Tuesday, November 29, 2011

Somebody Stop Me

The child whose home fails to give a feeling of security looks outside his home for the four walls
~ Donald Winnicott; Child

Extreme times call for extreme measures. That is why adolescents display the so-called impulsive behavior typical of borderline pathology: anorexia, self-cutting, alcoholism or other addictions, tantrums, suicide threats or attempts. On the edge of separation and independence, facing into the possibility of non-existence (picture the fledgling on the edge of the nest facing into the vast expanse of blue), she wants to jump yet with her behavior cries out somebody stop me!

Instead of jumping, she creates the limit she cannot feel by drawing blood, stopping menses, arresting the ebb and flow of normal expectations. This is not wanting to die. On the contrary. This is raging against non-being in it most virile form. Isn't it the same when you drop a penny to the bottom of a well and listen for the sound, or call across a canyon and wait for the echo? You seek assurance in the answer, the mirror, the edge, that calls back to you I am.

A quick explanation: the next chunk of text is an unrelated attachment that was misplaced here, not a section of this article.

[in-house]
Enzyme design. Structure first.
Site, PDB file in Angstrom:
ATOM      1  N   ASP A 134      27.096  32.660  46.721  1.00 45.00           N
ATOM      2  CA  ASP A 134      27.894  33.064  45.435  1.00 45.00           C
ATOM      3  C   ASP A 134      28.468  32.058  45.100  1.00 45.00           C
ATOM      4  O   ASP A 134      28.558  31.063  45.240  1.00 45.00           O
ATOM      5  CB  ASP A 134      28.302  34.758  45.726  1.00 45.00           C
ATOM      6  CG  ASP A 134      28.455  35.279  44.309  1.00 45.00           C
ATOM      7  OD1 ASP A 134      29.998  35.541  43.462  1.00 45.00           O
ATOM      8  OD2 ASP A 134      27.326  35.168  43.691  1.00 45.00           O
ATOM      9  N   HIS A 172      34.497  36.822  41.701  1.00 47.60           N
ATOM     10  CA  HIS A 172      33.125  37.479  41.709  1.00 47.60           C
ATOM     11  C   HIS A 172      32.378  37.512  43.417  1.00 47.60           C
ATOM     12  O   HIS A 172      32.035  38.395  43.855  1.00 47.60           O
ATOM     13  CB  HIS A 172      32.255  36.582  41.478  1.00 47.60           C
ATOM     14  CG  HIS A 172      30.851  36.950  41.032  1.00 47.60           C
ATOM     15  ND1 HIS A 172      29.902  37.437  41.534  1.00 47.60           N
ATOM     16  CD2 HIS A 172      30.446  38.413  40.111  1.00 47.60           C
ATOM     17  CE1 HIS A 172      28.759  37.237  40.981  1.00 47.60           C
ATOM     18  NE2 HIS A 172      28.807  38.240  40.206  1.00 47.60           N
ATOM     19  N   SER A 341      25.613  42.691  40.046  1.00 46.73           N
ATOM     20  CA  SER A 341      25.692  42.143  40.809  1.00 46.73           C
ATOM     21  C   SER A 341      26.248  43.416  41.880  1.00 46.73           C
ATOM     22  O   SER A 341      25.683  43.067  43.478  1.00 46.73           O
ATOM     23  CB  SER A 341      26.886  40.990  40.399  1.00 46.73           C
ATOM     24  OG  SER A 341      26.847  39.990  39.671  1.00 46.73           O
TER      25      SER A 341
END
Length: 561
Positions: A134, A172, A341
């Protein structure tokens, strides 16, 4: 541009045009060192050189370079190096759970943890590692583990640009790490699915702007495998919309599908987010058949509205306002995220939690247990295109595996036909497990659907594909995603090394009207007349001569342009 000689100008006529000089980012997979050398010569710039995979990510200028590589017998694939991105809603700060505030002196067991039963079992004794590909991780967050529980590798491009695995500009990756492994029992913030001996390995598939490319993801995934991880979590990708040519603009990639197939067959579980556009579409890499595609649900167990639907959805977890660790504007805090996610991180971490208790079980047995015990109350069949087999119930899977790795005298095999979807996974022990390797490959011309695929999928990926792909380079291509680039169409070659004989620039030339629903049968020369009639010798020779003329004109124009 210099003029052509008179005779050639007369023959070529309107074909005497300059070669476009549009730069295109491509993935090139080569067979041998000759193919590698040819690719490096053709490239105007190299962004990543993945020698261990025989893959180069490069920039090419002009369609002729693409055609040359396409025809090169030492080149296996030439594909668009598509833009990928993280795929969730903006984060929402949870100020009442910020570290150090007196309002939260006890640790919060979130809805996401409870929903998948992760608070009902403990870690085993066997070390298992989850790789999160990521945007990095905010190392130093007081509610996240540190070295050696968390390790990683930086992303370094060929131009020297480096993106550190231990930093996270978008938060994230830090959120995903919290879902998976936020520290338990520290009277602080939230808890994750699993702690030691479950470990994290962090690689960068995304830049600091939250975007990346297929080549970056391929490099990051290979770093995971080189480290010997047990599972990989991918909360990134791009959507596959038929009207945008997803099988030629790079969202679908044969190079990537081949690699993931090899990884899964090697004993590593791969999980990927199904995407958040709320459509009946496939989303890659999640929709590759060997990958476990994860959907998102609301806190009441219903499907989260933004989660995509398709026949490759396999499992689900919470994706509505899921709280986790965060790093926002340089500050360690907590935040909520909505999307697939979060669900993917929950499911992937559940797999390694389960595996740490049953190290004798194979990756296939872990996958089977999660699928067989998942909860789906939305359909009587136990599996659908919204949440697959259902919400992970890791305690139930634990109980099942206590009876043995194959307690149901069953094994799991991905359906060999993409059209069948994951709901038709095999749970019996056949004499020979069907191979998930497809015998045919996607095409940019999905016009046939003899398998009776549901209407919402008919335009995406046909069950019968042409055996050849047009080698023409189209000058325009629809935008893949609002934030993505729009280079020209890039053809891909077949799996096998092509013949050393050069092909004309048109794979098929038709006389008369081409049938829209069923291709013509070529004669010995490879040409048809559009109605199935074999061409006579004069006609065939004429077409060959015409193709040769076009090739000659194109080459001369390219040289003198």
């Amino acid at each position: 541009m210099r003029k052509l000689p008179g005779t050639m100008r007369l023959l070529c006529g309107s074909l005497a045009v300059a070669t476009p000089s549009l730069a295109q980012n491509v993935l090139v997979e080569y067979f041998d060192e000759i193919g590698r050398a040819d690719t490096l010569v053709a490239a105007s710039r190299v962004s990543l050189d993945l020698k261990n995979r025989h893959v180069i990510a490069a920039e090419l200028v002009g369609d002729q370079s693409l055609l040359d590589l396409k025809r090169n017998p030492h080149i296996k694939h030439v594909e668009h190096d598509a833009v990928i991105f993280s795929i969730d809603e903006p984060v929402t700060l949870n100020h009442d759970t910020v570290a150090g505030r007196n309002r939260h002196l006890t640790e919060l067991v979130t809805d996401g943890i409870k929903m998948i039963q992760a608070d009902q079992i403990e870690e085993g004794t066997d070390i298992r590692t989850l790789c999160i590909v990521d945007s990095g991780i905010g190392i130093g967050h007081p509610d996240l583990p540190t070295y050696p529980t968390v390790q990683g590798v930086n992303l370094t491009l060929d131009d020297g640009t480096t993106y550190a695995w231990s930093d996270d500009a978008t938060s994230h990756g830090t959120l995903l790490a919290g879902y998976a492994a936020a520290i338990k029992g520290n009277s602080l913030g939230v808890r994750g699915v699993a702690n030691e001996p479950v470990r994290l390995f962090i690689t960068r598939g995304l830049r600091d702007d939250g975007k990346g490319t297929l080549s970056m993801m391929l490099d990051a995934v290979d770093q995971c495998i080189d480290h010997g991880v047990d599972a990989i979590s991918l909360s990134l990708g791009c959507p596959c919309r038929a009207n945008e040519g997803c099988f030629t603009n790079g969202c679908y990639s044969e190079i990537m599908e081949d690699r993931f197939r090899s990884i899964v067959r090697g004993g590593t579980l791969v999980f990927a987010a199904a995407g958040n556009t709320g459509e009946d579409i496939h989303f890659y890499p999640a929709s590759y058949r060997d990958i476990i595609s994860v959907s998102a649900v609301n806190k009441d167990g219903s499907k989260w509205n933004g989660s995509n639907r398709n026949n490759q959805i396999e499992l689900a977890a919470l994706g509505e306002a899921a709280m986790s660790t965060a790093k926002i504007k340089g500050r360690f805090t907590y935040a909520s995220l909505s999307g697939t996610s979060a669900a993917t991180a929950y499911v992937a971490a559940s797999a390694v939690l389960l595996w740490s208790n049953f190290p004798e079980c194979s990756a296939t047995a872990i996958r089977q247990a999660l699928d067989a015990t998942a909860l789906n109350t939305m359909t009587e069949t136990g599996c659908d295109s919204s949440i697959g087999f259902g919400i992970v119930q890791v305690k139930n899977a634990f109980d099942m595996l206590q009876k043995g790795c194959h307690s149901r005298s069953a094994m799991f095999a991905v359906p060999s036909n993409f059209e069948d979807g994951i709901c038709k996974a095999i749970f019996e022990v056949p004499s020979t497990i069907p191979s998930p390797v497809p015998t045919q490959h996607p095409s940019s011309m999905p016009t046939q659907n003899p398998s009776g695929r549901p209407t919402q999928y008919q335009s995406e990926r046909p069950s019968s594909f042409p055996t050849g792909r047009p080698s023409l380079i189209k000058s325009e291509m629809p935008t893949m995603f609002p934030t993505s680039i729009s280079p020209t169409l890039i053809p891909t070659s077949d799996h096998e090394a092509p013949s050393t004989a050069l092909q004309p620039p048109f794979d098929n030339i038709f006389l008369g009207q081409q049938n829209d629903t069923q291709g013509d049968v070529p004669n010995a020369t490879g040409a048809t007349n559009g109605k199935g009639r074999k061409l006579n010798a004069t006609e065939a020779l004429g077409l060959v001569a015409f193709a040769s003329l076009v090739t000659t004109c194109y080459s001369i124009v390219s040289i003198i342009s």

When your child by his or her behavior cries out “stop me!”, be the answer that contains, the arms that hold and soothe, that voice that coos lovingly back “I am here, and you are too”.

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